MMS seeks to be a value-adding partner in all our collaboration with key stakeholders. Instead of duplicating efforts, we should brainstorm ways to collaborate more effectively in strategic synergy. This is to reduce wastage of resources and deploy limited resources (e.g. human, monetary, etc) to achieve the strategic objectives of our respective organisations.

 

  1. Trust Building: Work towards shared understanding to achieve common goals

The trust building process is critical because leadership change and renewal occurs at all levels of the Church over time. With each new leader appointed at Local Conference, Annual and General Conference levels, MMS has to establish contact with the newly-appointed pastors and leaders so that we can renew our commitments if necessary. The same trust building process is also necessary with the existing leaders of the various organisations that MMS works with.

 

  1. Effective Collaboration: Increasing level of commitment and purpose of goals to sustain ongoing partnerships

Engagement will take time to bear fruit as there is a structured process for both MMS and the key stakeholders to go through before we can move from conversation to collaboration. This structured process is fully dependent on the level of commitment and purpose of goals of both MMS and the respective partners—there is no shortcut. We need to be very clear where we are in the journey of collaboration with our respective partners so as to move the partnership to a higher level over time.

There are 21 Methodist churches with ongoing partnerships with MMS in church planting, mission trips, projects and regular financial support for missions work in MMS’ seven mission fields. In addition, other Methodist churches provide ad-hoc financial support for MMS’ missions and projects.

With 46 Methodist churches, there is still great potential for MMS to reach out to the other 25 churches. MMS aims to touch base with every church by Dec 2021 with the aim to engage, excite, encourage and determine partnership potential. With an overarching church engagement strategy and plan in place, this will help to prioritise churches which MMS has yet to engage while not forgetting those with whom MMS has engaged.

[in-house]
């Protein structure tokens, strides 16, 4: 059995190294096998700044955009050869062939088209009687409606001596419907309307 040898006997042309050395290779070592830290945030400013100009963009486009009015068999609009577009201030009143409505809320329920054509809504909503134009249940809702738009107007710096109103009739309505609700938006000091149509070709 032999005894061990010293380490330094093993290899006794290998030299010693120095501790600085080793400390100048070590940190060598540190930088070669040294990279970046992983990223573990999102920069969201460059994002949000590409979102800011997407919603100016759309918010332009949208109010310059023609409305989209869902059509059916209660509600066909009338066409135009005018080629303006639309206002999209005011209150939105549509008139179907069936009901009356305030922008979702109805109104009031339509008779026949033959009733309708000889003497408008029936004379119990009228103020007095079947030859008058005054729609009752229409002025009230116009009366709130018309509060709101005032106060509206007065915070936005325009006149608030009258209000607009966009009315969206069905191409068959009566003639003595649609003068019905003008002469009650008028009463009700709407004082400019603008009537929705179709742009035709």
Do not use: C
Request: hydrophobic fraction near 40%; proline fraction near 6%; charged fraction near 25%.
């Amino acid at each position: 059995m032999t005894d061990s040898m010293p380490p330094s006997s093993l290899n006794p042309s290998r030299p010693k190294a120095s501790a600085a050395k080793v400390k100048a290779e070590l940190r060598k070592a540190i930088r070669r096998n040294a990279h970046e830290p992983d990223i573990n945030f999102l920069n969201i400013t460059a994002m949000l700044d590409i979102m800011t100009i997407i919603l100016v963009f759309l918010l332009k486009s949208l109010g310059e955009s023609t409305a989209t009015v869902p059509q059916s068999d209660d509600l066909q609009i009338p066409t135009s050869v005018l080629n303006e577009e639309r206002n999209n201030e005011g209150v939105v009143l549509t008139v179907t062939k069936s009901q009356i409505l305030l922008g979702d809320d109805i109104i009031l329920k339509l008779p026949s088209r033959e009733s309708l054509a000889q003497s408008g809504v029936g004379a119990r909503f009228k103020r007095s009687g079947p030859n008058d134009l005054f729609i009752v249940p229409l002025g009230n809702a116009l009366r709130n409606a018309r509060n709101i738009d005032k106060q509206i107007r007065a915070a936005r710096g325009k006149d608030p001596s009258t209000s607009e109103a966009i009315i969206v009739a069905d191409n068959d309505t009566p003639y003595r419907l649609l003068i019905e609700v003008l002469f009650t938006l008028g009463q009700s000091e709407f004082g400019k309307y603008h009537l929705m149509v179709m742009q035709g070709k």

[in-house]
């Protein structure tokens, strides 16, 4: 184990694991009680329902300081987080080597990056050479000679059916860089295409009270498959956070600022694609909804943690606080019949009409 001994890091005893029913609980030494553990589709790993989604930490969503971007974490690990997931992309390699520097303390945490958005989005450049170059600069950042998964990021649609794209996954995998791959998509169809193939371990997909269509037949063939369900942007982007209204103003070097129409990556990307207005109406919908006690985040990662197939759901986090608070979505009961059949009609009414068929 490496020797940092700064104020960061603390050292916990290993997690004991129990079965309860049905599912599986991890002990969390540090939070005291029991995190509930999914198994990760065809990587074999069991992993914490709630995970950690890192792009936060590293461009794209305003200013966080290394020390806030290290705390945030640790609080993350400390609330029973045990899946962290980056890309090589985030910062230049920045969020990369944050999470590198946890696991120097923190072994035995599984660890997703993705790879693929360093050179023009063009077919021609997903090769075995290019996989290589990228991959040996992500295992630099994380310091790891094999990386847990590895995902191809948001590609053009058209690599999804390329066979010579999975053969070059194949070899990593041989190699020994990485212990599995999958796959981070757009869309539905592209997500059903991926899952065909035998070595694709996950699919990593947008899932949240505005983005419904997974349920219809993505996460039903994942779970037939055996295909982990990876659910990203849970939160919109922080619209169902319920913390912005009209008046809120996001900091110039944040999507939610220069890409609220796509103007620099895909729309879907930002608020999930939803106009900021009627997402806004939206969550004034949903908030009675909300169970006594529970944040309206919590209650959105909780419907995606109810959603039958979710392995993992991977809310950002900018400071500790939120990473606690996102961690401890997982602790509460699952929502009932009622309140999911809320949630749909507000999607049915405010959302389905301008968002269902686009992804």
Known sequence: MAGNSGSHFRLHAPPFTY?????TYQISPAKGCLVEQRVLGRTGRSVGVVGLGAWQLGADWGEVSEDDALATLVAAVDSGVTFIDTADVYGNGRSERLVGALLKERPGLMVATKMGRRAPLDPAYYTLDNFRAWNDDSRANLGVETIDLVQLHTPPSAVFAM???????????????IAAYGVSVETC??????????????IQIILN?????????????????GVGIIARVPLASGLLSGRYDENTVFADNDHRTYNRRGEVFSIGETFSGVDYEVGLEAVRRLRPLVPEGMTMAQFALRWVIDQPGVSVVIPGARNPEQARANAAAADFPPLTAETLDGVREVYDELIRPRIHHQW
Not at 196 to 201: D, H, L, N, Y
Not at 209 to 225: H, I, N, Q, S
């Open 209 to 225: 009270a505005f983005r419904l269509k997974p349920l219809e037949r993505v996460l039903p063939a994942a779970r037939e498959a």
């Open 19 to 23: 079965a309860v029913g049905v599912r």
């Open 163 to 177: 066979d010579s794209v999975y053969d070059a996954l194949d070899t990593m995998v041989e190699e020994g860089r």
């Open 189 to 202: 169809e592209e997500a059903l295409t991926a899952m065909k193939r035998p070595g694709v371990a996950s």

While not every church may be in the season for missions nor have the capacity or resources to support missions, the aim to engage all churches is not just to make known the available mission opportunities, but to increase awareness of MMS’ role and maintain an ongoing dialogue so as to foster future collaboration or for MMS to provide support for future mission development.

In The Character of a Methodist, John Wesley wrote of Christian perfection—commonly understood as a perfection of love. We are to love God wholeheartedly and join together in Christian service as we reach out to others with God’s love and truth. We are also People of the Flame. The flame of the Holy Spirit has been a Methodist symbol, reflecting a Spirit-filled life. The Holy Spirit enables us to recognise our calling as God’s people to go forth united in His love as we reach out in missions and evangelism.

Col (Ret) Quek Koh Eng is the Field & Church Engagement Director in MMS, and the MMS Area Director for Thailand and Vietnam. He is a member of Charis Methodist Church.

A Grace Methodist Church mission team member training the teachers at the Vineyard Methodist School in Chiang Mai, Thailand.

Photos courtesy of the Methodist Missions Society